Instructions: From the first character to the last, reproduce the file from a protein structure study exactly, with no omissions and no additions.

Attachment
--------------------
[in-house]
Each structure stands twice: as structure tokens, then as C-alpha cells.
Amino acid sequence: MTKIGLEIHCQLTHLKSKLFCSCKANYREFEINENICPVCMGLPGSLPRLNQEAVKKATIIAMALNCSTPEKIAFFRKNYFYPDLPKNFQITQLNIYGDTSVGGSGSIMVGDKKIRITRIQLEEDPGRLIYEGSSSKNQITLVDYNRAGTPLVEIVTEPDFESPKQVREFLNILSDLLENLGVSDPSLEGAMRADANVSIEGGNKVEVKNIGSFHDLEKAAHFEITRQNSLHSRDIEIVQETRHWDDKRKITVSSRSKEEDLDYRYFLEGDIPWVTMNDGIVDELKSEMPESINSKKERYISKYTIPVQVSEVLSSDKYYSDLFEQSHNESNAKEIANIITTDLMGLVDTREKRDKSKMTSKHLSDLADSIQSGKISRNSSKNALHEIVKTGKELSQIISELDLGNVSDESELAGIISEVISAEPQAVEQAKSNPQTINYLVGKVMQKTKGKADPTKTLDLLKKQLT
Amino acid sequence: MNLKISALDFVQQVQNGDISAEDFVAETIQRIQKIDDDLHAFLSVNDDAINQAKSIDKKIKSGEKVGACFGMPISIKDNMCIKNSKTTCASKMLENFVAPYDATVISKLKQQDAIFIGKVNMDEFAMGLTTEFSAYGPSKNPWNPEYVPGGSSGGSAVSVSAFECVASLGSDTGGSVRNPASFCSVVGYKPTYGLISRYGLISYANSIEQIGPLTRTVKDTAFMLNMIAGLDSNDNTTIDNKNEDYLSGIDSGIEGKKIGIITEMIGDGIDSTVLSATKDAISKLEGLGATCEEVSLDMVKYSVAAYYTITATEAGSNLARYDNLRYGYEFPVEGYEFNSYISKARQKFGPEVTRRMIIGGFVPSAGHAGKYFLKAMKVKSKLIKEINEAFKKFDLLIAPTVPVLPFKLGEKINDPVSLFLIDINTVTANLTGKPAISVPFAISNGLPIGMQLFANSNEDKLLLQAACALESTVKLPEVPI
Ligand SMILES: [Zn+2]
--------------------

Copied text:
[in-house]
Each structure stands twice: as structure tokens, then as C-alpha cells.
Amino acid sequence: MTKIGLEIHCQLTHLKSKLFCSCKANYREFEINENICPVCMGLPGSLPRLNQEAVKKATIIAMALNCSTPEKIAFFRKNYFYPDLPKNFQITQLNIYGDTSVGGSGSIMVGDKKIRITRIQLEEDPGRLIYEGSSSKNQITLVDYNRAGTPLVEIVTEPDFESPKQVREFLNILSDLLENLGVSDPSLEGAMRADANVSIEGGNKVEVKNIGSFHDLEKAAHFEITRQNSLHSRDIEIVQETRHWDDKRKITVSSRSKEEDLDYRYFLEGDIPWVTMNDGIVDELKSEMPESINSKKERYISKYTIPVQVSEVLSSDKYYSDLFEQSHNESNAKEIANIITTDLMGLVDTREKRDKSKMTSKHLSDLADSIQSGKISRNSSKNALHEIVKTGKELSQIISELDLGNVSDESELAGIISEVISAEPQAVEQAKSNPQTINYLVGKVMQKTKGKADPTKTLDLLKKQLT
Amino acid sequence: MNLKISALDFVQQVQNGDISAEDFVAETIQRIQKIDDDLHAFLSVNDDAINQAKSIDKKIKSGEKVGACFGMPISIKDNMCIKNSKTTCASKMLENFVAPYDATVISKLKQQDAIFIGKVNMDEFAMGLTTEFSAYGPSKNPWNPEYVPGGSSGGSAVSVSAFECVASLGSDTGGSVRNPASFCSVVGYKPTYGLISRYGLISYANSIEQIGPLTRTVKDTAFMLNMIAGLDSNDNTTIDNKNEDYLSGIDSGIEGKKIGIITEMIGDGIDSTVLSATKDAISKLEGLGATCEEVSLDMVKYSVAAYYTITATEAGSNLARYDNLRYGYEFPVEGYEFNSYISKARQKFGPEVTRRMIIGGFVPSAGHAGKYFLKAMKVKSKLIKEINEAFKKFDLLIAPTVPVLPFKLGEKINDPVSLFLIDINTVTANLTGKPAISVPFAISNGLPIGMQLFANSNEDKLLLQAACALESTVKLPEVPI
Ligand SMILES: [Zn+2]